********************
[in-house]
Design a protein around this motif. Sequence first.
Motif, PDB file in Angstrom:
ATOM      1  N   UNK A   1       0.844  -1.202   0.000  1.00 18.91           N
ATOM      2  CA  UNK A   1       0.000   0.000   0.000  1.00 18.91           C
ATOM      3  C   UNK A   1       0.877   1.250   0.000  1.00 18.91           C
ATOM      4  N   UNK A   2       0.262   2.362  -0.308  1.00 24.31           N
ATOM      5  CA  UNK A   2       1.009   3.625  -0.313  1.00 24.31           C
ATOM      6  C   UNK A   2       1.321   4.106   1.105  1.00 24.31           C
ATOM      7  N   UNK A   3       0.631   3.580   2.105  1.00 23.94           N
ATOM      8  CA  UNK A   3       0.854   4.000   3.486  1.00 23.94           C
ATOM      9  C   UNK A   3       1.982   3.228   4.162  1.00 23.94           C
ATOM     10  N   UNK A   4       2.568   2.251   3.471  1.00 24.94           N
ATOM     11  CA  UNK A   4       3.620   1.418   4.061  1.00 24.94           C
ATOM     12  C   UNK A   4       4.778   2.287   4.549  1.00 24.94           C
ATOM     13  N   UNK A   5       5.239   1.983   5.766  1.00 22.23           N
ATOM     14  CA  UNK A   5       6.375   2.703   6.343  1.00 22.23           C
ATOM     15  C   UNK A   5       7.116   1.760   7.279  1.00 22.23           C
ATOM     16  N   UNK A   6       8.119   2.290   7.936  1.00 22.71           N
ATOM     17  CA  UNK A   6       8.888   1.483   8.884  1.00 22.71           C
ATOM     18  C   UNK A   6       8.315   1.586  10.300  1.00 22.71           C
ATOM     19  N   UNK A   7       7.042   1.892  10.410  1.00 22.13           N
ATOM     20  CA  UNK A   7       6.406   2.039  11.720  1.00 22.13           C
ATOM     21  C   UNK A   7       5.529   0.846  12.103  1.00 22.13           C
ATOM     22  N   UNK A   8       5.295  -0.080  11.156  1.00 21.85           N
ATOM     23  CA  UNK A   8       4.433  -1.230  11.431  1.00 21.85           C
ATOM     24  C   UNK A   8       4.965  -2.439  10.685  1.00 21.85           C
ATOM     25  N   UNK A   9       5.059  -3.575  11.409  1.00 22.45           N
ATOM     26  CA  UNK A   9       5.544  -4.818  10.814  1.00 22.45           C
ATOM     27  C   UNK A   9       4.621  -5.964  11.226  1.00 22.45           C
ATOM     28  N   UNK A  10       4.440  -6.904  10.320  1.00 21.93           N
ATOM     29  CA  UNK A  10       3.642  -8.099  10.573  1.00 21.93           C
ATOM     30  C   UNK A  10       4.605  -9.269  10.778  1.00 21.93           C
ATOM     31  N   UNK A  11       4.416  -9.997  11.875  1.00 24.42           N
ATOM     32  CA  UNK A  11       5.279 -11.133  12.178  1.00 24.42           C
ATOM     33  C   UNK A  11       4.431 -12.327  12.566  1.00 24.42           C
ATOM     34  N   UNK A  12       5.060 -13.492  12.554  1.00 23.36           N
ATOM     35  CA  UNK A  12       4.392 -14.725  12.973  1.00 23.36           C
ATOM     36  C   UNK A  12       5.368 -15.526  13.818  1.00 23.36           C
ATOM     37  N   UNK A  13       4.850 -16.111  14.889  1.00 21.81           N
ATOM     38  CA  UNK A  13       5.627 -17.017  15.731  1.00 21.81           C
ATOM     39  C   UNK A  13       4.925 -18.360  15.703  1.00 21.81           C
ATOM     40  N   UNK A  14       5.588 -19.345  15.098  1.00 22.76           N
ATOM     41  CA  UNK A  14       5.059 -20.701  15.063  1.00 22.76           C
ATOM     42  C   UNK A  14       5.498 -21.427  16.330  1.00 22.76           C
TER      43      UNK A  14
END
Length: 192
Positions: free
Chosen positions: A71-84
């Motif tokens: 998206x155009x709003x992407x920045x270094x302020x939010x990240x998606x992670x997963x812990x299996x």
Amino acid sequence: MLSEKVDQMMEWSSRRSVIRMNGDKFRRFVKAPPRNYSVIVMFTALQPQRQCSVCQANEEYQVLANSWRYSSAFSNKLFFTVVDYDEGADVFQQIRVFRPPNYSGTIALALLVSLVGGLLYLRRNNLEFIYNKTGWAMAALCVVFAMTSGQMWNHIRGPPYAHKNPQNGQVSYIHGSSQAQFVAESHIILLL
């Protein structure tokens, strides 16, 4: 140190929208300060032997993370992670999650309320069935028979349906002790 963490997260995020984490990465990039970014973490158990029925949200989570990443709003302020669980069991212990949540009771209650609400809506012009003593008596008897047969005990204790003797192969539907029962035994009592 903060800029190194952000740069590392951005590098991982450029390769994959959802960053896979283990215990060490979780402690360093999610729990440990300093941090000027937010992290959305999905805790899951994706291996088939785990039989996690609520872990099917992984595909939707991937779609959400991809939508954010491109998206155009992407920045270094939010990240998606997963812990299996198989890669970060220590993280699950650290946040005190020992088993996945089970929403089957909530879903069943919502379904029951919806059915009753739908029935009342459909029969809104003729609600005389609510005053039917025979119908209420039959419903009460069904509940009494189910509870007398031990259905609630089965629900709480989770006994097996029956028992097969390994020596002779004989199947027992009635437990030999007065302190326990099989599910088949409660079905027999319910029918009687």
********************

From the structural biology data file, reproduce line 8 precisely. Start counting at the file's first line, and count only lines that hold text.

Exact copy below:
ATOM      5  CA  UNK A   2       1.009   3.625  -0.313  1.00 24.31           C